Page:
Finally, Chris Bosh made his long-awaited return to the starting lineup in Game 2, and it sure looks like he belongs there. Bosh didn’t play a perfect game by any stretch of the imagination, but he gave the Heat a dimension they’ve been lacking. Bosh missed some easy shots inside and let a few passes bounce off of his hands in the paint, but he attacked Oklahoma City’s defense  off the dribble, gave Wade and LeBron someone to pass the ball to inside, and was an absolute monster on the glass, as he finished with 15 rebounds, with 7 of them coming on the offensive glass.

None of the Big 3 played a perfect, or even a great, game, and without Shane Battier’s 5 3-pointers (one of which was banked in), or a few calls going Miami’s way, the team would be going home in an 0-2 hole. But for now, they’ve got a tie series because the three players who were supposed to win Miami all those rings got to doing what they do best on the game’s biggest stage.

Craig Sager to get third bone marrow transplant thanks to anonymous donor

CLEVELAND, OH - JUNE 16:  Legendary TNT sideline reporter Craig Sager talks with Game 6 of the 2016 NBA Finals between the Cleveland Cavaliers and the Golden State Warriors at Quicken Loans Arena on June 16, 2016 in Cleveland, Ohio. Sager is on a one game assignment for ESPN. NOTE TO USER: User expressly acknowledges and agrees that, by downloading and or using this photograph, User is consenting to the terms and conditions of the Getty Images License Agreement.  (Photo by Ronald Martinez/Getty Images)
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Craig Sager couldn’t be in Rio covering the Olympics for NBC, his cancer wouldn’t allow it. That didn’t stop Team USA from reaching out to him before they left. Or from Nike designing a sweet pair of shoes for him.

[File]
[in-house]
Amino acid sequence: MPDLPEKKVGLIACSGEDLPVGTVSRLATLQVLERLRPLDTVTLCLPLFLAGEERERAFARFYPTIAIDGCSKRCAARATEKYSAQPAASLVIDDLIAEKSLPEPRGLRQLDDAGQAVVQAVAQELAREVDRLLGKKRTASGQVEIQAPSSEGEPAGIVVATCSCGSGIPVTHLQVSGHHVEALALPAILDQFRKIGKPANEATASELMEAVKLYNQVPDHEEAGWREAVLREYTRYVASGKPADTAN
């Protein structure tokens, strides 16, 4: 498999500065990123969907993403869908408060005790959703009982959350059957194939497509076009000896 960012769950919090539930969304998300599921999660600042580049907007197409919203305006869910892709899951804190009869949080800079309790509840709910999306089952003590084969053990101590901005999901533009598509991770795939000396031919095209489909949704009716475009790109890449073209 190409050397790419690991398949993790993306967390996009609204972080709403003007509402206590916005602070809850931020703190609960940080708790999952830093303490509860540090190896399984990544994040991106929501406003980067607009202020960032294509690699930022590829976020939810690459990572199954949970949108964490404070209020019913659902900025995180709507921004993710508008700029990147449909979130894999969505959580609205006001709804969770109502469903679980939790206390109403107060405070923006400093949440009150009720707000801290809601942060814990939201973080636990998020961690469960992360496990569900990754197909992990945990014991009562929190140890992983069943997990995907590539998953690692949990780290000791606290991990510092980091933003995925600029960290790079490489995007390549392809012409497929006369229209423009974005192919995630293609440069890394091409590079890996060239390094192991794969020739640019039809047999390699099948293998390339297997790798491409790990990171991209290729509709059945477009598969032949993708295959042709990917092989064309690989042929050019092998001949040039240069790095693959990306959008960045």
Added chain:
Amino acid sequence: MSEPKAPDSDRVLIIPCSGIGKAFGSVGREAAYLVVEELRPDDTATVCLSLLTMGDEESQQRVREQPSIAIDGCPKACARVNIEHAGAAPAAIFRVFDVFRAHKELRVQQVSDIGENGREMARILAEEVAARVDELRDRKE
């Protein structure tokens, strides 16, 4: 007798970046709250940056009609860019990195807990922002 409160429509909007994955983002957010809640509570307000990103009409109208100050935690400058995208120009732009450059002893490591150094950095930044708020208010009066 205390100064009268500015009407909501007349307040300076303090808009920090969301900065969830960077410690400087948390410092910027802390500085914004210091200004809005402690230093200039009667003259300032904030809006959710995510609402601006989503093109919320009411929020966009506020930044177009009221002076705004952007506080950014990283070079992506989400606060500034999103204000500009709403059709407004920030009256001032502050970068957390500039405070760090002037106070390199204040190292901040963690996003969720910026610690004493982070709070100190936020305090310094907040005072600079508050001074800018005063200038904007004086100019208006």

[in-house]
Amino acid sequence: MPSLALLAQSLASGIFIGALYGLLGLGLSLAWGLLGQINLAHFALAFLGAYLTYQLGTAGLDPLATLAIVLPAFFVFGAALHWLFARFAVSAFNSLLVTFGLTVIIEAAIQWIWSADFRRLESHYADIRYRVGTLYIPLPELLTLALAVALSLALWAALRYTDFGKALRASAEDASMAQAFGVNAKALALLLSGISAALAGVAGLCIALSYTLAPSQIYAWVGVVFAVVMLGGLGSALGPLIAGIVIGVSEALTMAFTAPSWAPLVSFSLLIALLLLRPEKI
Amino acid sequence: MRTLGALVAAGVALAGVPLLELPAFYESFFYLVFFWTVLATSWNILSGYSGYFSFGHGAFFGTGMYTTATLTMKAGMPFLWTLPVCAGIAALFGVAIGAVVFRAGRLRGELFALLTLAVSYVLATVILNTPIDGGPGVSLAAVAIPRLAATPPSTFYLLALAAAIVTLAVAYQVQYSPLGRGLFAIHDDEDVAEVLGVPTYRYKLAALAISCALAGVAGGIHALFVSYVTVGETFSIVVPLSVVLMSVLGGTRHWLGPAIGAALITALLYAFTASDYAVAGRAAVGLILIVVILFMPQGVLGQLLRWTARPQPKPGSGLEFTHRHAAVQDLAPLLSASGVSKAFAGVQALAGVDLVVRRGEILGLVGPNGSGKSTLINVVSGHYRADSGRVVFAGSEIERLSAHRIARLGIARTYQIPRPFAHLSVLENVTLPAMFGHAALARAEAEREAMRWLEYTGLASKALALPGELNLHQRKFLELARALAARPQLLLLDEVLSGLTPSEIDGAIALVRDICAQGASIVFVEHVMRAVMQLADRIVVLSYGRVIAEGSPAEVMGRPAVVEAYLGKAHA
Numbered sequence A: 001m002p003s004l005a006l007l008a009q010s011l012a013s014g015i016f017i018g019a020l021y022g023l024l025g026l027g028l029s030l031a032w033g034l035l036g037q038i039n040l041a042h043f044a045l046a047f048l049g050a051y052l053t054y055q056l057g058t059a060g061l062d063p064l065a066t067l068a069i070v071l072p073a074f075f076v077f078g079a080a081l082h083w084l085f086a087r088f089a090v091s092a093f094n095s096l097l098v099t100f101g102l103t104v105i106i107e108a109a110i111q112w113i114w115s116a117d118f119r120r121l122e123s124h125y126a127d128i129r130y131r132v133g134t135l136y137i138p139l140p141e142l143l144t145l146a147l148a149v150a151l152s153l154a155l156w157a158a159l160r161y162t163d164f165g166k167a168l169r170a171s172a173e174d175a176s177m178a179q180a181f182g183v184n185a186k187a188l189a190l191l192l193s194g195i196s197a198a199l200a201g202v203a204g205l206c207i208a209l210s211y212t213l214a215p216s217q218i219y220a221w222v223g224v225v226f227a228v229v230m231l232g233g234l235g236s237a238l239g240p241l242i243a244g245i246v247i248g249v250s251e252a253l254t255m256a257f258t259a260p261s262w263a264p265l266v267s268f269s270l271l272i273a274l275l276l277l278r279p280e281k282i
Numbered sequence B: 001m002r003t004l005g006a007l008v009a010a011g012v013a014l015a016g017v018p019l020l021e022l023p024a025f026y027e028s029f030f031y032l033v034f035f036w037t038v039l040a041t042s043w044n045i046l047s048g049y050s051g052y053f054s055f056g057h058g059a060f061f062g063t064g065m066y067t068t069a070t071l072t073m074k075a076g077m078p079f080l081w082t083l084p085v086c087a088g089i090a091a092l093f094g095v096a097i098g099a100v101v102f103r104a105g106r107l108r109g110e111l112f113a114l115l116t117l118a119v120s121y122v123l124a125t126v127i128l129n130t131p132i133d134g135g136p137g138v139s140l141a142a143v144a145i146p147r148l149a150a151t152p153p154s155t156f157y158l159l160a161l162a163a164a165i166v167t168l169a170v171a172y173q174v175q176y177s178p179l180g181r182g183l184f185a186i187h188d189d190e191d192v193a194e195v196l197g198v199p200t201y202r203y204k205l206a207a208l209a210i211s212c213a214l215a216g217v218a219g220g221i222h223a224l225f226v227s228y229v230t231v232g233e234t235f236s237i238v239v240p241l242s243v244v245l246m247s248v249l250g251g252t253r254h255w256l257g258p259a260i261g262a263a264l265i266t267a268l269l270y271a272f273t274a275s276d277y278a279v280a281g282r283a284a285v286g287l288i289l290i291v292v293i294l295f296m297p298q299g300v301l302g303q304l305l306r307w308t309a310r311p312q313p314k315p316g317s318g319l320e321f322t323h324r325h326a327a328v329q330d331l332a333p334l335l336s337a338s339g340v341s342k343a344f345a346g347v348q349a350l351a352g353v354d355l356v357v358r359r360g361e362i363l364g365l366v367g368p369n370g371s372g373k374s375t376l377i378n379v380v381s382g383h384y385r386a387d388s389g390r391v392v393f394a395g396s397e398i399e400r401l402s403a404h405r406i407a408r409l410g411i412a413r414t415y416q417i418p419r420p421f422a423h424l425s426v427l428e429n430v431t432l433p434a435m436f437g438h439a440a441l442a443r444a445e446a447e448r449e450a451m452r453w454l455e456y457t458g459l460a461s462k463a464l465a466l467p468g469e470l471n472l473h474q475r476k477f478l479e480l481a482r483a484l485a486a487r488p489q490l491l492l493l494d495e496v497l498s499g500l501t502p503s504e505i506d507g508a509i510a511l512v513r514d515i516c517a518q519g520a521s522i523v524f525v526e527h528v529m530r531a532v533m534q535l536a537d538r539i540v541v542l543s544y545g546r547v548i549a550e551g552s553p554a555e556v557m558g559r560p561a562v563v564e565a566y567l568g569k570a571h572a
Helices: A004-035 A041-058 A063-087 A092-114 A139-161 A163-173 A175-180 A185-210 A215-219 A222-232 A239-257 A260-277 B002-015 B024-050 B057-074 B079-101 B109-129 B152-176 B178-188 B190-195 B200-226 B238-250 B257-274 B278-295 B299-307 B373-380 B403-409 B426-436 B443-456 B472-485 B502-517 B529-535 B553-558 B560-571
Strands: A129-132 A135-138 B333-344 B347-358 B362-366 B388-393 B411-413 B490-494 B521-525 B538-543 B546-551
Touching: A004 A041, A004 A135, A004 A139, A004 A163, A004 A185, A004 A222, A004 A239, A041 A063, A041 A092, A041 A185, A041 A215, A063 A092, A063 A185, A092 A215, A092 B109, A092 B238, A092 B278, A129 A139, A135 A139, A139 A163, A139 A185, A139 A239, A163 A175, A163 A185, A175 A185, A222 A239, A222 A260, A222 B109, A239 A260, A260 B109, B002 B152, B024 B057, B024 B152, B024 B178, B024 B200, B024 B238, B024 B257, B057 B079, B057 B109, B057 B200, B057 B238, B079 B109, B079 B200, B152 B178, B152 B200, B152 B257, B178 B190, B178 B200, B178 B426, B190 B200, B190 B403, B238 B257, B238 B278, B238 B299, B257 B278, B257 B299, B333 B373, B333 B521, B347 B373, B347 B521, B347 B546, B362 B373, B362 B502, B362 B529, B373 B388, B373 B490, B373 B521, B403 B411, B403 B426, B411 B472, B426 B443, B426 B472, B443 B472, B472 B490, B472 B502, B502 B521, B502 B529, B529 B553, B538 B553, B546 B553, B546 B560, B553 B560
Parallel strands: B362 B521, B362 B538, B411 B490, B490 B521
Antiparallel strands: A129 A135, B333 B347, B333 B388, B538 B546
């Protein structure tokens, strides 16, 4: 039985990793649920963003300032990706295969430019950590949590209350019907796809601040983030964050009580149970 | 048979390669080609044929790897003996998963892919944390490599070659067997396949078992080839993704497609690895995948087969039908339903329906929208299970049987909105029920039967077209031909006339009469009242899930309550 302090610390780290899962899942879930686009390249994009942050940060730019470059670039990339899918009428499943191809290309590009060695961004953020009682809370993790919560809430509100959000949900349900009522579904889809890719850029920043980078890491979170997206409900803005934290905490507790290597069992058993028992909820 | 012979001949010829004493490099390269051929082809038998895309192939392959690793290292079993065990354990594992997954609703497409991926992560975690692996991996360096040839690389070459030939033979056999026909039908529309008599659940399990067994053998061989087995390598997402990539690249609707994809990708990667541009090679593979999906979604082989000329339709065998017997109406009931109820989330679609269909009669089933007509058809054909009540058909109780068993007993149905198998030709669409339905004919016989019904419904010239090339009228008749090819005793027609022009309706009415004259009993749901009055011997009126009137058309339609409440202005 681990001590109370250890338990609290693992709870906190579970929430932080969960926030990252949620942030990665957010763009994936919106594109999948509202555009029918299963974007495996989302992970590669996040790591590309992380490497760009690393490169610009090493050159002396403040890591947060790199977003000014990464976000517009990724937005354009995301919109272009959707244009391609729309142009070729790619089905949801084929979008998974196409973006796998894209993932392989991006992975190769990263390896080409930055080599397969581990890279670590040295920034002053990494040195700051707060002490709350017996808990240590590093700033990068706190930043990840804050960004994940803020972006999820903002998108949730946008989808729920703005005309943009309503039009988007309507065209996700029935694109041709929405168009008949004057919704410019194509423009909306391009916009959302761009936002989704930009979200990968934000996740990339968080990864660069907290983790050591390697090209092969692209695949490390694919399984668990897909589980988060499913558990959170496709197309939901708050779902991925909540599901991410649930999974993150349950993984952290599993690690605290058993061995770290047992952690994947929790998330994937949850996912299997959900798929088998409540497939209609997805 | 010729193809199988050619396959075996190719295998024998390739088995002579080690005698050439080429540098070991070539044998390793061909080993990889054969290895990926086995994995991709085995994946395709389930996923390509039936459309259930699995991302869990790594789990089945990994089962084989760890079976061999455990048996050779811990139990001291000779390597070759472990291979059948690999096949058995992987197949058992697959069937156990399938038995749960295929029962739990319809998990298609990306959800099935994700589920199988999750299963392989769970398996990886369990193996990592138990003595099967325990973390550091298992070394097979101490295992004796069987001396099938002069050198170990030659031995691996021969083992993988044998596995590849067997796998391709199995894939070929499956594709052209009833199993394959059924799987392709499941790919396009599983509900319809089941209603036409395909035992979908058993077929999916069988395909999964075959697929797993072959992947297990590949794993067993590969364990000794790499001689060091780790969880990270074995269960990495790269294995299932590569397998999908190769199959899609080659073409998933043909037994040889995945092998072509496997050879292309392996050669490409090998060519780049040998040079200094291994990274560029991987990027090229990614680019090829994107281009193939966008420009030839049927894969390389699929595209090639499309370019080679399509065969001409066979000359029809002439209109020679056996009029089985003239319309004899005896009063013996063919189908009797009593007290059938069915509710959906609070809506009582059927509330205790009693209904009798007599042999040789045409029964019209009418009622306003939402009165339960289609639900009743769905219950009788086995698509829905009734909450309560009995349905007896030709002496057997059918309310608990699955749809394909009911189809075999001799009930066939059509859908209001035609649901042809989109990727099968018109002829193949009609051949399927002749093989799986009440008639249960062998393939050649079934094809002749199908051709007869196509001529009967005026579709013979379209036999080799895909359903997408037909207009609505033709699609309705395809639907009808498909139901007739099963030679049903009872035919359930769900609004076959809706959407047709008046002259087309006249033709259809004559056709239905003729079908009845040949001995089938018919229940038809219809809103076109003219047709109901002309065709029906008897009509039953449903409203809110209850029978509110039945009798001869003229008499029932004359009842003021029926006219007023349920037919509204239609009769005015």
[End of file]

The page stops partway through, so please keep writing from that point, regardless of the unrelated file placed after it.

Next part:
Now there is good news on his battle against leukemia — he will have a third bone marrow transplant, according to his son Craig Sager II.

This is fantastic news for a man and family who have been through a lot. Hopefully, this treatment is a step forward for Sager, a man beloved by everyone around the NBA.

Report: With Joffrey Lauvergne trade, Mitch McGary likely done with Thunder

DALLAS, TX - MARCH 16:  Mitch McGary #33 of the Oklahoma City Thunder at American Airlines Center on March 16, 2015 in Dallas, Texas.  NOTE TO USER: User expressly acknowledges and agrees that, by downloading and or using this photograph, User is consenting to the terms and conditions of the Getty Images License Agreement.  (Photo by Ronald Martinez/Getty Images)
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The Oklahoma City frontcourt is crowded. Enes Kanter and Steven Adams will start, and they will have Nick Collison, Ersan Ilyasova, Domantas Sabonis, and now Joffrey Lauvergne behind them.

Which likely means Mitch McGary‘s done as a member of the Thunder, according to Royce Young of ESPN.

McGary has battled injuries his two seasons in the league and got on the court for only 72 minutes total last season for the Thunder (he played in more games and put up solid numbers in the D-LEague). He was not part of the future there regardless. He’s an undersized five trying to play the four and what he brought as a rookie — energy — was not enough as a sophomore.